Sprint has filed a lawsuit in the Southern District of NY against rival AT&T alleging its rival has misled consumers by leading them to believe they were using 5G wireless networks, a technology that has not yet been widely deployed.
No ordinary phones on the market can yet connect to faster 5G networks, but several are expected soon from Samsung, Lenovo's Motorola, and others.
AT&T did respond to Sprint's lawsuit with a statement claiming that "our competitors don't like what we're doing, but our customers love it", because apparently AT&T customers can't get enough fake 5G service. In fact, says Sprint's lawsuit, there are no 5G-enabled mobile phones or tablets available for sale from any service provider in the US today.
Sprint is right in this instance; all of the "Big Four" wireless carriers have deployed LTE-A networks in select markets, but only AT&T has made a decision to go one step further by trying to piggyback on the emergence of true 5G networks as a competitive advantage. They have built their pitch for a merger in part around plans to build a 5G network that they say other carriers will not be able to match. "It's total confusion for the customers". AT&T's response to the suit seems downright freakish and off-topic, especially given that average consumers likely don't know the difference between 5G and 5G E, AT&T's marketing efforts notwithstanding. In 2010 and 2011, first T-Mobile, then AT&T started calling the 3G HSPA+ technology "4G" for marketing reasons; eventually the ITU, the global body which decides these things, rolled over and declared that to be fine.
AT&T successfully tested a new software update on its live commercial 5G+ network, which resulted in speeds over 1.5 Gbps, he said, noting that speed doesn't reflect current user-experienced 5G+ speeds, which are lower and will vary. As 4G LTE will be aggregated with 5G-NR in 5G networks, AT&T could also argue (accurately) that LTE is a component of 5G, so they might as well call it 5G. "AT&T's deceptive ads have harmed consumers by persuading them to purchase or continue purchasing AT&T's services based on the lie that they are offering 5G".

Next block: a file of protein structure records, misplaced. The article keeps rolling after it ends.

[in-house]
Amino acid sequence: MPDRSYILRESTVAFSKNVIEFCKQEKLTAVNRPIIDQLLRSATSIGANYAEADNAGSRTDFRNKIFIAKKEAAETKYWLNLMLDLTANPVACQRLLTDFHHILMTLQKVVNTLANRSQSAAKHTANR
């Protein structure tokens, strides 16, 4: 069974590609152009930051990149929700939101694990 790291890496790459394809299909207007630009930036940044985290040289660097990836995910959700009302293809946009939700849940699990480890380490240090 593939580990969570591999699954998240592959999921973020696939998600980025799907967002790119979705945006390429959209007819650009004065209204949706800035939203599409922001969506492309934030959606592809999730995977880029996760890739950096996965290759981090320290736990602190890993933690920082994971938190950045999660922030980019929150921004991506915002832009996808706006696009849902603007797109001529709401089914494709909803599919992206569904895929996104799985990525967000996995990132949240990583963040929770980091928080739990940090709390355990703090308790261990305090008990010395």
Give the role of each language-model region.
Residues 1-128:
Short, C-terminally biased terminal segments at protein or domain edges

AT&T in recent weeks has begun replacing the "LTE" symbol at the top of some smartphones with a new icon that says "5G E", which stands for "5G Evolution".
It promises super-fast speeds, but building those 5G networks takes years. Compounding the confusion, 17 percent of respondents said they already have 5G-and a full quarter of people who answered "yes" to the question, "Do you know what 5G means?" said they already have it. Sprint will have to reconcile its arguments to the FCC that it can not deploy a widespread 5G network without T-Mobile while simultaneously claiming in this suit to be launching "legitimate 5G technology imminently". "So we're characterizing this as 5GE, 5G Evolution".
AT&T reiterated that it introduced 5G Evolution more than two years ago, "clearly defining it as an evolutionary step" on the path towards 5G, said AT&T to Android Authority. The carrier is now in the process of trying to merge with rival T-Mobile. However, that isn't any different than what standard 4G LTE can offer.